Criticizing Israel is the third rail in American politics, the major media and academia.
Cynthia McKinney twice lost her congressional seat in 2002 and 2006. Supporting Palestinian rights was costly.
DePaul University denied Norman Finkelstein tenure for his outspokenness and books like "The Holocaust Industry." It did so despite calling him "a prolific scholar and an outstanding teacher." It went further. It cancelled his classes. It placed him on administrative leave. He became persona non grata. He resigned following his academic lynching.
Bard College fired Joel Kovel for writing "Overcoming Zionism" and comments like calling Israel "a machine for the manufacture of human rights abuses."
The University of Ottawa fired internationally recognized physics and environmental science expert Denis Rancourt. He was a tenured professor. His students loved him. It didn't matter. Criticizing Israel cost him his job.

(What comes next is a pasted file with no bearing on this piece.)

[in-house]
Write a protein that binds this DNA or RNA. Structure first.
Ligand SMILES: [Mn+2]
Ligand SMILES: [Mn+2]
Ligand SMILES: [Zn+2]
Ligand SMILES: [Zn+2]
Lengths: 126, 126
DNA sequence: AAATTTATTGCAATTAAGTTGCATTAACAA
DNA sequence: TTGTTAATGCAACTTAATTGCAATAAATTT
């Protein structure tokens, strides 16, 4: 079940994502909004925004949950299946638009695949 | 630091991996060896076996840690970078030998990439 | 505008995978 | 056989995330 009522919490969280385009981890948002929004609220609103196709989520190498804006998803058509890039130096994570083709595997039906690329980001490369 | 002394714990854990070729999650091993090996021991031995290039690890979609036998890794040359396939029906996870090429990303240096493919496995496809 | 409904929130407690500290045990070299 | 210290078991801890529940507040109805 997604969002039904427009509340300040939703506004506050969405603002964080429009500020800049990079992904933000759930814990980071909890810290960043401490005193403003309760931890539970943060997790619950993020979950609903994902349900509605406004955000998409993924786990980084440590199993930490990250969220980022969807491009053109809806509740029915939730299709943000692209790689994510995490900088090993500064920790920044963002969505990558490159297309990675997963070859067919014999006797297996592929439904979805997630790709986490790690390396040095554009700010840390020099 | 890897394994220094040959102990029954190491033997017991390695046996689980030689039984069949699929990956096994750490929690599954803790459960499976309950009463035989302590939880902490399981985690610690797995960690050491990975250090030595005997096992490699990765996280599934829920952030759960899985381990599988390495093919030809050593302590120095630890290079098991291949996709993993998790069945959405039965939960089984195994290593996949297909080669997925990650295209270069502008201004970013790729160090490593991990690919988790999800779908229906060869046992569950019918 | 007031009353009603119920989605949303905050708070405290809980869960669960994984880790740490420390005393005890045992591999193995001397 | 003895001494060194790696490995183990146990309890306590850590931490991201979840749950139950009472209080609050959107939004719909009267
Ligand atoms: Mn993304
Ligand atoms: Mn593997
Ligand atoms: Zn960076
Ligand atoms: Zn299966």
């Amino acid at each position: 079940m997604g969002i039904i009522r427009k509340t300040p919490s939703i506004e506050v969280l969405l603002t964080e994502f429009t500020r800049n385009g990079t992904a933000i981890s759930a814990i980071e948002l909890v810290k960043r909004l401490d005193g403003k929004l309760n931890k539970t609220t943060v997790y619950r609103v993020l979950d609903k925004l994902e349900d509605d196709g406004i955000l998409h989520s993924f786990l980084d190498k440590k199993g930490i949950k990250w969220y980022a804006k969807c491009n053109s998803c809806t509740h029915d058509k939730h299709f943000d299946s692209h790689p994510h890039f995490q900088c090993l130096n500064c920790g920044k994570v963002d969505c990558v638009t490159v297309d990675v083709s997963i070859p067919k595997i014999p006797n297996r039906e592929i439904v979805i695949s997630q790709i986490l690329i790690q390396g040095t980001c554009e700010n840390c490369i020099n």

Injustice targeted other US and Canadian academics for the same reason. America's First Amendment and Canada's Charter of Rights and Freedoms don't matter.
Nor matters other rule of law principles. Or fairness. Or justice. Or other democratic values.
Dissent is an endangered species. Fundamental freedoms are fast disappearing.
Supporting Palestinian rights is verboten. Daring to criticize Israel virtually assures academic lynching. It's a career-ender for professors deserving much better.
The University of Illinois at Urbana-champaign (UIUC) fired Steven Salaita. He was Arab-American Professor of American Indian Studies.
On August 6, Inside Higher Ed said his job offer was "revoked." He was "informed by Chancellor Phyllis Wise that the appointment would not go to the university's board, and that he did not have a job to come to in Illinois..."
At issue were his Twitter comments about Israel before and during Operation Protective Edge.
A knowledgable source said Salaita was fired. Documentation proved it. He resigned his Virginia Tech professorship in order to take the Illinois job offer.
Criticizing Israel cost him his job. UIUC at first remained silent.
On August 22, it shamelessly claimed Salaita's firing was "not influenced in any way by his positions on the the conflict in the Middle East nor his criticism of Israel."